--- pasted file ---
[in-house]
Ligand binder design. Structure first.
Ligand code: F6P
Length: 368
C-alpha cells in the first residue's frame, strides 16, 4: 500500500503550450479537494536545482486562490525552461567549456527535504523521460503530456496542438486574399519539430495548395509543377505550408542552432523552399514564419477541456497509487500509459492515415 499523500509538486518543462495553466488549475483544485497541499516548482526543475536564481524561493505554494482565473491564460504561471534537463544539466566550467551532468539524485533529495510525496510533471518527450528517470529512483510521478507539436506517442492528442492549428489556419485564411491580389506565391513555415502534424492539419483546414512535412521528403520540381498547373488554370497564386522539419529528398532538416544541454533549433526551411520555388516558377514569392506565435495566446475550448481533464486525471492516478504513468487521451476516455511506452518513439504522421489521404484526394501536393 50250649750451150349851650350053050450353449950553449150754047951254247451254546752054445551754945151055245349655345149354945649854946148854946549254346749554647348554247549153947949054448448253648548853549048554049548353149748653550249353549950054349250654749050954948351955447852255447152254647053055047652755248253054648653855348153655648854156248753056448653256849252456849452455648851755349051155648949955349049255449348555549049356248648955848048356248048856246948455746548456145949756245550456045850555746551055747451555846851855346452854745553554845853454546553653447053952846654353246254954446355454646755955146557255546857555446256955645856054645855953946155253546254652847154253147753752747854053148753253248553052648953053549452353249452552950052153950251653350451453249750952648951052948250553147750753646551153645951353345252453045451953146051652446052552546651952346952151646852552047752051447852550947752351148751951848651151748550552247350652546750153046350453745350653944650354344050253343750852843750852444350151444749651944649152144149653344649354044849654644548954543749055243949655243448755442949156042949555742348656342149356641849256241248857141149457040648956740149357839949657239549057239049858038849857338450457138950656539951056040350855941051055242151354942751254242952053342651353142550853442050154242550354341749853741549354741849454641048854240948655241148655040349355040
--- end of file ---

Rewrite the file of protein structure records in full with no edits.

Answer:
[in-house]
Ligand binder design. Structure first.
Ligand code: F6P
Length: 368
C-alpha cells in the first residue's frame, strides 16, 4: 500500500503550450479537494536545482486562490525552461567549456527535504523521460503530456496542438486574399519539430495548395509543377505550408542552432523552399514564419477541456497509487500509459492515415 499523500509538486518543462495553466488549475483544485497541499516548482526543475536564481524561493505554494482565473491564460504561471534537463544539466566550467551532468539524485533529495510525496510533471518527450528517470529512483510521478507539436506517442492528442492549428489556419485564411491580389506565391513555415502534424492539419483546414512535412521528403520540381498547373488554370497564386522539419529528398532538416544541454533549433526551411520555388516558377514569392506565435495566446475550448481533464486525471492516478504513468487521451476516455511506452518513439504522421489521404484526394501536393 50250649750451150349851650350053050450353449950553449150754047951254247451254546752054445551754945151055245349655345149354945649854946148854946549254346749554647348554247549153947949054448448253648548853549048554049548353149748653550249353549950054349250654749050954948351955447852255447152254647053055047652755248253054648653855348153655648854156248753056448653256849252456849452455648851755349051155648949955349049255449348555549049356248648955848048356248048856246948455746548456145949756245550456045850555746551055747451555846851855346452854745553554845853454546553653447053952846654353246254954446355454646755955146557255546857555446256955645856054645855953946155253546254652847154253147753752747854053148753253248553052648953053549452353249452552950052153950251653350451453249750952648951052948250553147750753646551153645951353345252453045451953146051652446052552546651952346952151646852552047752051447852550947752351148751951848651151748550552247350652546750153046350453745350653944650354344050253343750852843750852444350151444749651944649152144149653344649354044849654644548954543749055243949655243448755442949156042949555742348656342149356641849256241248857141149457040648956740149357839949657239549057239049858038849857338450457138950656539951056040350855941051055242151354942751254242952053342651353142550853442050154242550354341749853741549354741849454641048854240948655241148655040349355040